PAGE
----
Zach Pardos, PhD Candidate
Why did you choose to attend WPI?
WPI was attractive to me for two reasons: a combination of having a beautiful campus and being recommended by a college counselor for my interest in robotics and artificial intelligence. I had also happened upon WPI inadvertently while visiting the northeast and was impressed. When the name came up again with a college counselor, I took that as a good sign.
How has WPI’s philosophy of Theory and Practice, and working with teams, been beneficial to you during your time at WPI?
My dissertation work has been significantly enriched by cognitive theory, which has a palpable presence in the tutoring research conducted at WPI in the computer science and social sciences departments. There is great intellectual merit in theory alone, but part of my goal, and the goal of WPI, is to have a positive real world impact. That philosophy, I believe, has attracted people like Neil Heffernan, my adviser, who runs a tutoring system here that offers direct benefits from the blend of theoretical and empirical work I have been doing.
What do you think are WPI’s greatest strengths?
WPI attracts a number of special students across all majors who have the ability to do brilliant things. I am also proud of a shared culture at WPI that is hard to put your finger on but, without a question, exists.
How have the professors in your department impacted your studies and your life?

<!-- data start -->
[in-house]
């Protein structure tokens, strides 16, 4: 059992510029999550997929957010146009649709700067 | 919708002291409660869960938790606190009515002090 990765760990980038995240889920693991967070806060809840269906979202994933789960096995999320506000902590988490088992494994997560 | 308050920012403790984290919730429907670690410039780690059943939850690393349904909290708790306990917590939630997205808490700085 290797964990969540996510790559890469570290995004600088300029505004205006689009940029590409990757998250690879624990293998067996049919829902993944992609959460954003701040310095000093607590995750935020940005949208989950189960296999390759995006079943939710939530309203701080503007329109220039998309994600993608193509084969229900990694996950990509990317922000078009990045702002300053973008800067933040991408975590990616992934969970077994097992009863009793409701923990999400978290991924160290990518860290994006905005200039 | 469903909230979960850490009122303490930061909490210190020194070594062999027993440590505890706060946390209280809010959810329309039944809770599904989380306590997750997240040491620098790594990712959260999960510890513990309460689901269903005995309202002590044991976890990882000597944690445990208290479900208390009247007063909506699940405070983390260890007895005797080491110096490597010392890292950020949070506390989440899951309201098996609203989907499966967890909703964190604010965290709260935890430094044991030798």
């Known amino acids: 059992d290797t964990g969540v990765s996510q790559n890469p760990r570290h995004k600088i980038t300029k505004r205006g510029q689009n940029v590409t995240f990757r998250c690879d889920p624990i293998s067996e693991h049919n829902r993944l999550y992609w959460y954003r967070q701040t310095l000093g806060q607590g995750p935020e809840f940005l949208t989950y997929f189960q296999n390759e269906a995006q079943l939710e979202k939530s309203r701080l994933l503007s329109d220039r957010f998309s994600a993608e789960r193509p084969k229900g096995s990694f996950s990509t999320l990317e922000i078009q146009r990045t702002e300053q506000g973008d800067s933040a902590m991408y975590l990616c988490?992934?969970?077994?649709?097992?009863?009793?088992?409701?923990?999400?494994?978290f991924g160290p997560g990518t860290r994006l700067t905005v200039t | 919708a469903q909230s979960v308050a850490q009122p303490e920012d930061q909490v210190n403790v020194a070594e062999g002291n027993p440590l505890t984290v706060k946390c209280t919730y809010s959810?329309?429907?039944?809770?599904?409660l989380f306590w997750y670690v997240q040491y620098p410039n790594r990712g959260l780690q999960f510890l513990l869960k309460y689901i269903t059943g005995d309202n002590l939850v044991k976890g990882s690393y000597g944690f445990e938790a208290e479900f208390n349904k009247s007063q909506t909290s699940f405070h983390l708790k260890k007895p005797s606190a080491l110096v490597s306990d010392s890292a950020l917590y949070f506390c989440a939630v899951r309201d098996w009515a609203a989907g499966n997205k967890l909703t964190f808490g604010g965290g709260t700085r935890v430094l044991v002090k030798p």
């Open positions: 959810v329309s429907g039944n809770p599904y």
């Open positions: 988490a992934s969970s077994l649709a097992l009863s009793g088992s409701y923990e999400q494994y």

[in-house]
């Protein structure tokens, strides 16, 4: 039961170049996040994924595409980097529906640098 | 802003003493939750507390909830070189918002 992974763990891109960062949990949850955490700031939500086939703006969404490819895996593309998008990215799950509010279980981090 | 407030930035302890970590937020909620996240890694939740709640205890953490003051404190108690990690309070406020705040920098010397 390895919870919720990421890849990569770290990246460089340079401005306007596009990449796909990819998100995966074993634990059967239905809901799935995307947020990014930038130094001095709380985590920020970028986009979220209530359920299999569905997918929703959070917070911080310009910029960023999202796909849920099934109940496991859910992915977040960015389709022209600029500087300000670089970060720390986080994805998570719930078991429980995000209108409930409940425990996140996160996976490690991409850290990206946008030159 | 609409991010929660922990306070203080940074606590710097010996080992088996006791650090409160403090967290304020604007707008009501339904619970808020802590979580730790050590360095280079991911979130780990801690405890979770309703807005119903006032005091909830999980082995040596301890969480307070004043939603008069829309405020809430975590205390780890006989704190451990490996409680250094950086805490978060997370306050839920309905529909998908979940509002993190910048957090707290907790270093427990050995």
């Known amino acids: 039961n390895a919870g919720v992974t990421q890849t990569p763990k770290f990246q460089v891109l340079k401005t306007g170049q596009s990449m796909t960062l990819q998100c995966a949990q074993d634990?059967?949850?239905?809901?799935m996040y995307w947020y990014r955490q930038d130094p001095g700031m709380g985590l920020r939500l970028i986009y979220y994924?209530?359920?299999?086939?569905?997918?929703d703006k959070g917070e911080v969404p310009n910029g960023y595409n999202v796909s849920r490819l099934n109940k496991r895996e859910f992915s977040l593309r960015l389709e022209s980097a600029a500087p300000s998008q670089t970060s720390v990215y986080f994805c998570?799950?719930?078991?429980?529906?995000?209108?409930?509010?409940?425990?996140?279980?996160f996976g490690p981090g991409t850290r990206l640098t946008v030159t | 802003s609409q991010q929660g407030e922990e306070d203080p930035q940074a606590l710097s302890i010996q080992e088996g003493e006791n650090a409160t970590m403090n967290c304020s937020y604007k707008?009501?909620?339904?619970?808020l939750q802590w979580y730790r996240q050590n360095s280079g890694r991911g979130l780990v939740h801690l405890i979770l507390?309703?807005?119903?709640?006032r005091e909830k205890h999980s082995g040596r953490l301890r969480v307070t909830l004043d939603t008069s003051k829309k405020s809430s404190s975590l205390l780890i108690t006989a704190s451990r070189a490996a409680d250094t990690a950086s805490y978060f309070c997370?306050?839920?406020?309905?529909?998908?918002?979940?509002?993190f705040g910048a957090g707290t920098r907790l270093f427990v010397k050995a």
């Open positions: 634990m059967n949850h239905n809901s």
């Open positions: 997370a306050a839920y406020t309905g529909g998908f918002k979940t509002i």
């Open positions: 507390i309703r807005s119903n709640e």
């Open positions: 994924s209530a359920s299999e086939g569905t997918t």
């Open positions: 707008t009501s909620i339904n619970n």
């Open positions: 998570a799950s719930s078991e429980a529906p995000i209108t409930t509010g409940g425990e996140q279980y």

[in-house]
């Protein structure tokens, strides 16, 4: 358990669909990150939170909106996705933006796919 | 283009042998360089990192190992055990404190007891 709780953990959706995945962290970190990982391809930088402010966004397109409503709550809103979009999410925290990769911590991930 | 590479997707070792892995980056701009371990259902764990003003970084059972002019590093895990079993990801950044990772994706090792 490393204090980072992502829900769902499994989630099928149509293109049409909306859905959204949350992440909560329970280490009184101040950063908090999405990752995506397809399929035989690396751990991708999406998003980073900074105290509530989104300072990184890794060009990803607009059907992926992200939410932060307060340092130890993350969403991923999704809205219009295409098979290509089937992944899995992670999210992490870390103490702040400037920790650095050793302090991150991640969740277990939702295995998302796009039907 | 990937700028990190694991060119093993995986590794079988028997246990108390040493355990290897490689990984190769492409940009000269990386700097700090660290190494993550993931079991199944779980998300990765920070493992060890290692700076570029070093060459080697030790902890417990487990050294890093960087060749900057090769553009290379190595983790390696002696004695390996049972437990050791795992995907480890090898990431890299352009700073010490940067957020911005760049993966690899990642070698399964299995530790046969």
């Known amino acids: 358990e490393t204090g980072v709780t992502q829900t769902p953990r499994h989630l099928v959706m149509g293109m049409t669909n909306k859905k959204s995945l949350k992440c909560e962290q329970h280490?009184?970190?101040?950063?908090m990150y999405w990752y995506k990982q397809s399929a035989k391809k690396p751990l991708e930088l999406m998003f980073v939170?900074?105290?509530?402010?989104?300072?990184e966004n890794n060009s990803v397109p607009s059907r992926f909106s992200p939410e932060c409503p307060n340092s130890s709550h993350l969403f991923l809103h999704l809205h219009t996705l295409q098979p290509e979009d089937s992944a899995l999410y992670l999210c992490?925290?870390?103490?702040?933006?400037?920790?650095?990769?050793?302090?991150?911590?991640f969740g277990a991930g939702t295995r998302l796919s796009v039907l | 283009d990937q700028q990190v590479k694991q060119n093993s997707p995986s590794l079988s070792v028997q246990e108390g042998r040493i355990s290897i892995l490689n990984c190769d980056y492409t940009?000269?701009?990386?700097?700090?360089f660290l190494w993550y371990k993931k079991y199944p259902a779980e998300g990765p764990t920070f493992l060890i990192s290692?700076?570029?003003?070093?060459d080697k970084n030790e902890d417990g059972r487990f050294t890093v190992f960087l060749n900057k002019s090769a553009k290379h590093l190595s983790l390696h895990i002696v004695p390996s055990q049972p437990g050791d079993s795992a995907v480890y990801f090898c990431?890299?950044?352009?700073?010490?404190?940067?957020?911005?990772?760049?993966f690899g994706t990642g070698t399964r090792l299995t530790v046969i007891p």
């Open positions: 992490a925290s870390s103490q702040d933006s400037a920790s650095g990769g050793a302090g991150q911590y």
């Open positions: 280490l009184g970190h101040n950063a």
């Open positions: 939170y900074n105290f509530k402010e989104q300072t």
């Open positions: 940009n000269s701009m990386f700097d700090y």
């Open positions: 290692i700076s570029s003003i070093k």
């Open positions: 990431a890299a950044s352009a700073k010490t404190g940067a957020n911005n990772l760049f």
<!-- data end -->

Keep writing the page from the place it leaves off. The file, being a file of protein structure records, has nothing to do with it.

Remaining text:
In addition to being a computer science PhD at WPI, I was also a computer science undergrad. My high school did not provide advance calculus, so I took the longer Calc I course with Professor Bill Far. He was more than accommodating every time I visited during his office hours. I took three total math courses with him, including Calc 4, which thanks to his help in previous courses, was a breeze. I personally appreciated getting to take these courses with him and having the opportunity to work with him; after deciding to continue with a PhD, he enthusiastically agreed to write one of my two PhD recommendation letters.
What are your research projects?
I’m involved with the ASSISTments Platform tutoring research project, primarily run by Dr. Neil T. Heffernan.
What do you hope to do when you graduate? What would be your ideal job?
I hope to continue to participate in the academic community and apply my methodological and statistical knowledge to promising new technologies.
Groups or extracurricular activities you participate in at WPI:
- Judge for the 2012 GRAD event.
- Participant in the computer science department’s coffee house: played classical guitar and sang.
- Member of UPE Computer Honors Society
- Member of Sigma Xi Scientific Research Society
- Appointed graduate student representative of the Campus Judicial Hearing Board
- Appointed position on Provost’s Campus Space Planning Committee
Academic or professional awards you have received:
- 1st place prize at GRAD 2011 in the category of science which included physics, math and computer science
- 2nd place prize at GRAD2010 in the category of science
- 1st place prize in the computer science department's separate GRAD2011 judging (first authored by Shubhendu Trivedi)
- 2nd place student prize in the 2010 KDD Cup competition
- 4th place in the 2010 UCSD Data Mining Competition
- Best student paper award at the 2009 Educational Data Mining Conference
- Fellowship award #1 Department of Education's Graduate Assistance in Areas of National Need (GAANN)
- Fellowship award #2 National Science Foundation's Graduates in K-12 Education (GK-12)
- Trustee’s award for outstanding teaching committee
The motto of combining theory and practice at WPI is real and the faculty here, and their projects, give you an opportunity to make a meaningful impact in both.